Here's what I did learn about her: "A graduate of the University of Virginia School of Law, Tonya Lewis Lee handled First Amendment and corporate law for Nixon, Hargrave, Devans and Doyle in Washington D.C. before ditching the corporate life to pursue her true dream of writing and producing."--Yeah, Lewis Lee didn't have anything going for her except her looks before marrying Spike Lee. Obviously, it meant nothing that Lewis Lee graduated from a top law school. The woman just smiled her way through seven years of higher education. Sarah Lawrence College. The University of Virginia Law School. (There's this thing called feminism, you might want to read up on it. I think it change your worldview. See, human being who have XX chromosomes have brains, drive and ambition. Isn't that exciting!?)

BTW, you do realize that Lewis Lee is only a shade lighter than Spike? Do you know what Spike's grandmother looked like?

You also don't seem to understand my comment about marriages based on color: You think that these women should not marry their spouses because of their skin color! You also say that these women are conniving, using their light skin to seduce these colorist men. Blech: you are making these women into prostitutes. You are also saying that these men just married these women just for their looks.

It's always nice to see women promoting such a feminist outlook!

You have a problem with the choices of others. I don't. I don't care who marries whom because it's none of my business. Why should I obsess about the marriage choices of a stranger?

"Cause white people never bat an eyelash at the sight of black men with white women. Well, alrighty then."

Exactly, you've proven my point. Getting hot and bothered over the "interracial" sex lives of people is bigoted. Look at Harold Ford's recent campaign. Ford's skin is white, yet the racists in the Republican Party were happy to play on fears of him getting it on with white women at the Playboy Mansion.
But you agree with these folks since you have such a problem with black men marrying anyone who has more noticeable white ancestry than you deem acceptable.

Frankly, how is it any of your business whom Eddie Murphy or Michael Jordan marries?

And, no, it's not wrong to compare Hillary Clinton to any Tracey Edmonds. Sorry to burst your bubble about the myth of Hillary; however, being married to the president or governor is not a qualification to be president. Clinton was lawyer at a medium-sized Arkansas firm prior to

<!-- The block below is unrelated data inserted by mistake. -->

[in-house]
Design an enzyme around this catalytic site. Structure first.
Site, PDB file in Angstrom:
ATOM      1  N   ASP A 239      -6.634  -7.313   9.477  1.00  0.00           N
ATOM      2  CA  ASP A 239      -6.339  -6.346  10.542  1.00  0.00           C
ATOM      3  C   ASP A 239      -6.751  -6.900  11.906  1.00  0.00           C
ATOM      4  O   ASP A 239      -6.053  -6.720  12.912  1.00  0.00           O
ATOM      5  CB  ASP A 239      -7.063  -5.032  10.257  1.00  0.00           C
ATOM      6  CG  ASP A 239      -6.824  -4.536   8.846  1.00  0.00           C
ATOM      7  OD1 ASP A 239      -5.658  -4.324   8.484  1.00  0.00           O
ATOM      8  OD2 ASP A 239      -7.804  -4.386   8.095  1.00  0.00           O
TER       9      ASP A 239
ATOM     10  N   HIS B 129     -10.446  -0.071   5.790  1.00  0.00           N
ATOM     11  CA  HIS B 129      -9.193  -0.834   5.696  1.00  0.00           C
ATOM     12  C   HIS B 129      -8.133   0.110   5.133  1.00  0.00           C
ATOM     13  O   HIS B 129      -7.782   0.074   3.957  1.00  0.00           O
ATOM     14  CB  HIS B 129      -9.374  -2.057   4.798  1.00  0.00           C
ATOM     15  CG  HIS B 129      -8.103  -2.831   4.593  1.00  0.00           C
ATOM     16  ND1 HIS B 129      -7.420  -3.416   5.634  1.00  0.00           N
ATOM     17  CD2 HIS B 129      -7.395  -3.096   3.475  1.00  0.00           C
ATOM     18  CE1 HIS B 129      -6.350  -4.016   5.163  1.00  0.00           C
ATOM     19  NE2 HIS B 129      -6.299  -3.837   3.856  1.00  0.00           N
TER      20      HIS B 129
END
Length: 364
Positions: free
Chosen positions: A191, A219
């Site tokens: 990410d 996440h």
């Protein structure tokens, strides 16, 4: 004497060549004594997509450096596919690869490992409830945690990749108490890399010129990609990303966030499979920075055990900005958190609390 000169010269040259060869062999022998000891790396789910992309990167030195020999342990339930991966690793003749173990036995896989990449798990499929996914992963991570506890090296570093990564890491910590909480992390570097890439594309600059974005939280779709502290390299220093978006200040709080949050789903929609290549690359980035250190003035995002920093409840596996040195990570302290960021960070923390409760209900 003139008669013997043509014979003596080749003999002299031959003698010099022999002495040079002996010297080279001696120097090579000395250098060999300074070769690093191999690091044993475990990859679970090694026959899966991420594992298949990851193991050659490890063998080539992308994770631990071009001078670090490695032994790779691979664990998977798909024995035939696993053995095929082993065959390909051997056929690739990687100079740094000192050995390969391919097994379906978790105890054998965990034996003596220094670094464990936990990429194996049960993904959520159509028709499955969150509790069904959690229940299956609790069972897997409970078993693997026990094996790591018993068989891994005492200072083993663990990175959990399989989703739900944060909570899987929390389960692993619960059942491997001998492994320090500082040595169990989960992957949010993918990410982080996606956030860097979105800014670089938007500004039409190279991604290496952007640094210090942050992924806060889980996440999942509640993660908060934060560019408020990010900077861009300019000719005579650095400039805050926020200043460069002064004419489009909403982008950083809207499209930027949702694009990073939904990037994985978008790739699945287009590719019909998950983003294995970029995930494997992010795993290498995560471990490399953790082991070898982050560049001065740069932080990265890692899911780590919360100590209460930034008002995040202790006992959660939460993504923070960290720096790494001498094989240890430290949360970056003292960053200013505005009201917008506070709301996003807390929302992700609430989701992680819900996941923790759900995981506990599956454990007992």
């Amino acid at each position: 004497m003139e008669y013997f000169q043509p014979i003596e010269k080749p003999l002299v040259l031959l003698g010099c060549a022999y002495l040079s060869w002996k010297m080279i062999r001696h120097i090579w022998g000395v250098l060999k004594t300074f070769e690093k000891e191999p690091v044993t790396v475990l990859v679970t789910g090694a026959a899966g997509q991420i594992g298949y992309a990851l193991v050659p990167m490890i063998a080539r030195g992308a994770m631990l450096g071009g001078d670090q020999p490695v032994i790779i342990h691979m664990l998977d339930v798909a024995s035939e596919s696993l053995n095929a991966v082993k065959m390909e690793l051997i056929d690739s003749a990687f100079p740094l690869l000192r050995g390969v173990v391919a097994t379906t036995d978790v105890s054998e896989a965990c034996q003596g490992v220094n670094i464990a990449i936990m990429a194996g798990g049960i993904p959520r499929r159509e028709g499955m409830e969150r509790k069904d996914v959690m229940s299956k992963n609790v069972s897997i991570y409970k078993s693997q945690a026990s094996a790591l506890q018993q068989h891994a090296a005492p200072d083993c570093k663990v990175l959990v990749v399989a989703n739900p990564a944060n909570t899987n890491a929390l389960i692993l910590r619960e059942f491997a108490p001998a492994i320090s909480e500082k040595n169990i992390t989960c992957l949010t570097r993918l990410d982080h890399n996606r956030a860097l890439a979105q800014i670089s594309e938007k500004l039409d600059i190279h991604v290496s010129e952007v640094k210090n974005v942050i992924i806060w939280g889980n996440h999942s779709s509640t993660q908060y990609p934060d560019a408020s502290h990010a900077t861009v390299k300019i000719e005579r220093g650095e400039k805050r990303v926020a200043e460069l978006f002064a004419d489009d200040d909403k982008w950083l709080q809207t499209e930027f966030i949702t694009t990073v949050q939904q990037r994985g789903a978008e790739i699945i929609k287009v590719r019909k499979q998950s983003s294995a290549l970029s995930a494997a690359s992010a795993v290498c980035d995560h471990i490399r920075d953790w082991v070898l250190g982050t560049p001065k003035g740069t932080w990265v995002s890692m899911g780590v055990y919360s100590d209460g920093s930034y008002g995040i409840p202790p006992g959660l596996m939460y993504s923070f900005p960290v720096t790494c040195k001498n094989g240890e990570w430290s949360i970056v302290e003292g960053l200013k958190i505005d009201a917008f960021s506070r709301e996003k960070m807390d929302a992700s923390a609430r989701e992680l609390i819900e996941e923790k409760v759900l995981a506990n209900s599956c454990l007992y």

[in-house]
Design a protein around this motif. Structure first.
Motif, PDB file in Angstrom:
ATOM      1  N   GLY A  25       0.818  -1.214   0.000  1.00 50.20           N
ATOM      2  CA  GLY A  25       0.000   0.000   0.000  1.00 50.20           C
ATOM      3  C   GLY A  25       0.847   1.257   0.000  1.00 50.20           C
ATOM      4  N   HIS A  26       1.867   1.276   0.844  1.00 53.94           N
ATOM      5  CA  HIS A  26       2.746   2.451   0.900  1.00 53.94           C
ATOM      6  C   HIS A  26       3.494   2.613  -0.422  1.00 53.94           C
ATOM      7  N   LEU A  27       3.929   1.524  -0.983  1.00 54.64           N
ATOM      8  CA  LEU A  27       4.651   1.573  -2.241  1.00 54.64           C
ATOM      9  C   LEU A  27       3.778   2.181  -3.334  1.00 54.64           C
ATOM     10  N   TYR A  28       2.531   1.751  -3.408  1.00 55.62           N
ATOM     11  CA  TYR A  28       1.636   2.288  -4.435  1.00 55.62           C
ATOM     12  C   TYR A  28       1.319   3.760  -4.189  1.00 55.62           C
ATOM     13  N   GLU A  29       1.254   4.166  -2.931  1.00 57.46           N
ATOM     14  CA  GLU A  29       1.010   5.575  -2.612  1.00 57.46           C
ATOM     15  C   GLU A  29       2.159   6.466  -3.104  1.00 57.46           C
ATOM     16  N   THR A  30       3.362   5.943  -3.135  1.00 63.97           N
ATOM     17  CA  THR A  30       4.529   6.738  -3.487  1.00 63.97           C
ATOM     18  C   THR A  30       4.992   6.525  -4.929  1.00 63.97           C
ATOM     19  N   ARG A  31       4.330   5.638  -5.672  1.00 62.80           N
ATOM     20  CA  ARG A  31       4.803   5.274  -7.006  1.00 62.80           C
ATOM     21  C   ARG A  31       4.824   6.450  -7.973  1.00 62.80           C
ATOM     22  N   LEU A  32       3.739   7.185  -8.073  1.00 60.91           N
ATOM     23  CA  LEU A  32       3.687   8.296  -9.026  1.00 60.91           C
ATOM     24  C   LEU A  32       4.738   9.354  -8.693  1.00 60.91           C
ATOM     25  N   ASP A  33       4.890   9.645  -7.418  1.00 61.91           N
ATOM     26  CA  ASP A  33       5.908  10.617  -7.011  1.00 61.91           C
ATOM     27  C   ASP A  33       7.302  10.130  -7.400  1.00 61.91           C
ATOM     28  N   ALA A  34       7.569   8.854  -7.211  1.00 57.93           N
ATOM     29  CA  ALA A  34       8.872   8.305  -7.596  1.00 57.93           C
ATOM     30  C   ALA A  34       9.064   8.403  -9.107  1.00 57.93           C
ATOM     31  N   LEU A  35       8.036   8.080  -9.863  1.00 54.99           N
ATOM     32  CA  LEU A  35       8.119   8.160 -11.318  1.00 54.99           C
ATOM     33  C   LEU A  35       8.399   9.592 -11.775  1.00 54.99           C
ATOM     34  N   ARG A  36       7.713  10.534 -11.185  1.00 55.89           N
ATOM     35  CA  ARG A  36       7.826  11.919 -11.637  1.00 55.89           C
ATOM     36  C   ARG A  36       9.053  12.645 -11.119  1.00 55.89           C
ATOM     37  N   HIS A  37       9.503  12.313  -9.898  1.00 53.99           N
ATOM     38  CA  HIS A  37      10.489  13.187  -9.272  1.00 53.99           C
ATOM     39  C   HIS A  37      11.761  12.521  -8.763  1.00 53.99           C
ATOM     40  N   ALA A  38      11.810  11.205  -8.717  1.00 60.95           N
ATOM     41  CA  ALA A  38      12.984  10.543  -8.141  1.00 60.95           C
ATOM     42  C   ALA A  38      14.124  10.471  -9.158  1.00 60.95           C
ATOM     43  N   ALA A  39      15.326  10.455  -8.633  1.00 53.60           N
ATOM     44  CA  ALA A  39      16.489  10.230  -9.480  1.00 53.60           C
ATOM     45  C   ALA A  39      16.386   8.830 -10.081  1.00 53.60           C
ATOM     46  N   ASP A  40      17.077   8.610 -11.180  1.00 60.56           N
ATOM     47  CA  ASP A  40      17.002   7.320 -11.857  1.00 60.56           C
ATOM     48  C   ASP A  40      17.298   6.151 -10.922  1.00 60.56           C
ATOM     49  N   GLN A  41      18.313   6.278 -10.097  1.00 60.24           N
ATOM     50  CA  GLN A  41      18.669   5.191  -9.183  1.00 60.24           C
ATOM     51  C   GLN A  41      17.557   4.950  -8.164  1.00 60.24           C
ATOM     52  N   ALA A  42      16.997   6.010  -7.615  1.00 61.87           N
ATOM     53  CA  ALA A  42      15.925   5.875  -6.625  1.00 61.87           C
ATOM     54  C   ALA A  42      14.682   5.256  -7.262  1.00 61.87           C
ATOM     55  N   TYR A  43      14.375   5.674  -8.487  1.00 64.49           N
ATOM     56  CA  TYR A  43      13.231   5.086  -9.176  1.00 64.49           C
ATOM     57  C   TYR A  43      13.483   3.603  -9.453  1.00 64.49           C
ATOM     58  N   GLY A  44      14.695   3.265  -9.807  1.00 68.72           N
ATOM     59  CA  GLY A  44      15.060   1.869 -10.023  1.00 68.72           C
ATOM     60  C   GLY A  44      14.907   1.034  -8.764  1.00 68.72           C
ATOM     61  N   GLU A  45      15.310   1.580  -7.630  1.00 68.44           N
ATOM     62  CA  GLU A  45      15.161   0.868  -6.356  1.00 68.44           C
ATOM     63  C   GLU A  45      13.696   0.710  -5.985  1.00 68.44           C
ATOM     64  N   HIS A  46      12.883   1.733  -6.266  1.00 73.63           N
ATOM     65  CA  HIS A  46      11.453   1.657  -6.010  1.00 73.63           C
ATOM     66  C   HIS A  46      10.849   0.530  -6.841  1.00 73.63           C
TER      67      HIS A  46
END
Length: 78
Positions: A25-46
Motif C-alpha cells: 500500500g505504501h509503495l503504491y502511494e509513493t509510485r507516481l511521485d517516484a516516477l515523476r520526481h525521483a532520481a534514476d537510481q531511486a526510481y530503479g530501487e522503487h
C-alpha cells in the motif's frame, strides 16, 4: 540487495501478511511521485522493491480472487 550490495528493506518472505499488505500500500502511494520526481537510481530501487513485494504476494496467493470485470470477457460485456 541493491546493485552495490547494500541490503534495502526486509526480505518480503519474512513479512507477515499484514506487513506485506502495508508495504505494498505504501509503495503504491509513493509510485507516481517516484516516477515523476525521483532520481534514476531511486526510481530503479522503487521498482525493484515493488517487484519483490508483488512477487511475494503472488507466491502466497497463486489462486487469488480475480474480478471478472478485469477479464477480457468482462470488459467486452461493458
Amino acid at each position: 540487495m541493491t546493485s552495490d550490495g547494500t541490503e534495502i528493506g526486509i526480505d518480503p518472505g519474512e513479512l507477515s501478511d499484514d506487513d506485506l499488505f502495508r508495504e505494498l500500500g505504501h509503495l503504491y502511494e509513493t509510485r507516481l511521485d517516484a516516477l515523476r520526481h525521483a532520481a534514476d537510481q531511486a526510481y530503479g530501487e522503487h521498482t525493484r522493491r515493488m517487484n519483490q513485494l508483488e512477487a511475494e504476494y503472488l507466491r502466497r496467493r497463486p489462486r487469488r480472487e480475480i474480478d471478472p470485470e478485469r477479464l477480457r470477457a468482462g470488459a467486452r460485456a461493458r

being First Lady. Her time in the Senate has only been for less than a term-and-a-half.


Again, you are diminishing the efforts and intelligence of these women. Tracey Edmonds is a successful executive. Edmonds was the successful producer of "Soul Food." So what if she's had two movies that flopped?

Hollywood is filled with successful producers and actors who have had flops and then rebounded. How many flops has Eddie Murphy had? "Pluto Nash" and "Showtime" lost millions. Didn't Michael Jordan fail at his ownership of the Washington Wizards? Did you see any of the new Star Wars movies? George Lucas should have his Hollywood card revoked and burned. Just because a movie makes money doesn't mean it isn't trash. (Michael Bay has made a career out of crappy music. Nas hopes to make cash off his album "Nigger." Now there's the kind of man (cough..sellout) that I'd want to marry a female relative.)

Also, it's sad to see you attack the success of a black female Hollywood executive who has been successful without selling out in a very racist and sexist industry where few people, regardless of color, make it. You've come a long way baby! It's good to know that some African-American women can dismiss the hard work and efforts of their sisters because they have lighter skin.

(Obviously, you would have a problem shaking the pale hand of Rosa Parks.)

So, what do you think about Imam marrying David Bowie? Is she less successful in your eyes because she married a wealthy, successful man. Or do you give her brownie points because she's darker than Lee Lewis or Edmonds? Iman and David Bowie's daughter has a white phenotype. Would you have a problem with her if she married a darker skinned man even though she probably has more immediate connection to Africa than 99% of all African-Americans?

Robert Deniro has married or partnered with several black women.
Matthew Modine's wife is black.

Alfre Woodward's husband is white.